David W. Galenson Conceptual Revolutions in Twentieth-Century Art (Cambridge University Press, 2009, New York)
I have very mixed feelings about this book because I’ve been waiting for this kind of book for decades and I hope that it leads to a revolution in art history. There are problems in art history that I would like to see addressed and Galenson’s book lives up to some of those expectations. Unfortunately the book is also a bit of a bore.
It is this methodology that is the most startling part of the book, an art history book with no pictures but lots of tables. It was the first thing that attracted me to it when I flipped through its pages. I have encountered quantitative research in art history before Galenson but it has been rare; there is a wonderful graph detailing Marcel Duchamp’s art and media coverage throughout his life that Art & America in1969. It is worthwhile method, even if it arrives at intuitively obvious answers. I wish that he’d taken this method further as mapping art movements would have changed his examination of the globalisation of art.
The book does not come to any startling conclusions – the position of Jasper Johns at number 10 in the greatest artists of the 20th Century may be the most startling. This is not surprising as Galenson approaches art history with the attitude that the artists and art history are always right. And Galenson has quantitative and qualitative evidence for this conclusion; he has a data set of images of art in histories of the 20th Century art. And Johns on average beats Brancusi, at number 11, by 0.1 of an illustration.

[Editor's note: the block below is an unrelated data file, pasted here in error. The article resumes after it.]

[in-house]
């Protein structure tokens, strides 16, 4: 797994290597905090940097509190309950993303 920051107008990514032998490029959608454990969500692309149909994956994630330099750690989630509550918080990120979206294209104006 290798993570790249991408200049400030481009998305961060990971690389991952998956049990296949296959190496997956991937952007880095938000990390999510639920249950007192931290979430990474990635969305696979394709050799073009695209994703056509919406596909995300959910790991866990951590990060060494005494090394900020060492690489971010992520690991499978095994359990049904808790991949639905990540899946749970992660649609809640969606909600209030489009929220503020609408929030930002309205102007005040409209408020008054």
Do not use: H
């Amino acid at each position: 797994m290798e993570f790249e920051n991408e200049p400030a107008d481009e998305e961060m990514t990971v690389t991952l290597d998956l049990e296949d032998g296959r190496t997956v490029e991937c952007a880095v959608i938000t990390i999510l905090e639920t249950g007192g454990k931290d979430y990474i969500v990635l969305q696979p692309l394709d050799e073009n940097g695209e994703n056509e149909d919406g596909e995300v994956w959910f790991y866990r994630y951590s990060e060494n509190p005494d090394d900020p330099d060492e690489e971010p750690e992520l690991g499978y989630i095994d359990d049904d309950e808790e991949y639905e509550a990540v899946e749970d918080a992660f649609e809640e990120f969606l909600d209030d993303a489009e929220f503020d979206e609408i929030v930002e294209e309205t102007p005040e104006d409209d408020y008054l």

Galenson is not frightened of making predictions because his predictions are not based on speculation but evidence.
“In view of this, it is likely that in future increasing numbers of young artist will not only make their work jointly, but it will present it explicitly as their joint product. It is also likely that, as in the past, these teams will generally be made up of conceptual artists, for ideas appear to be more readily exchanged and negotiated than visions.” (p.209)
I found some of this evidence interesting in understanding street art and graffiti. The growth in collaborative or co-authored art, the growth in language in visual art and the growth in art refers to graffiti or uses the techniques of graffiti (although street art is not covered in the book).
Galenson does address some interesting points that have rarely, if ever been addressed in art history: the lack of narrative in art history in the late 20th Century, the role of the art market in the proliferation of styles, the growth in artistic collaboration, the relevance of grumpy old artists complaining that the current art is rubbish and the significance of artists who are one hit wonders.
Some of it is a fascinating read but a lot of the book especially the first four chapters felt like revision. I kept on wanted to skip to the end of chapters to see what Galenson’s conclusions would be. If only this wasn’t another overview of 20th Century art history (or if this was the first book on the history of 20th Century art that you have read). And if Galenson wasn’t so focused on his under-whelmingly obvious thesis that it was artists creating new concepts that changed in 20th century art. Then this history might not be such a bore.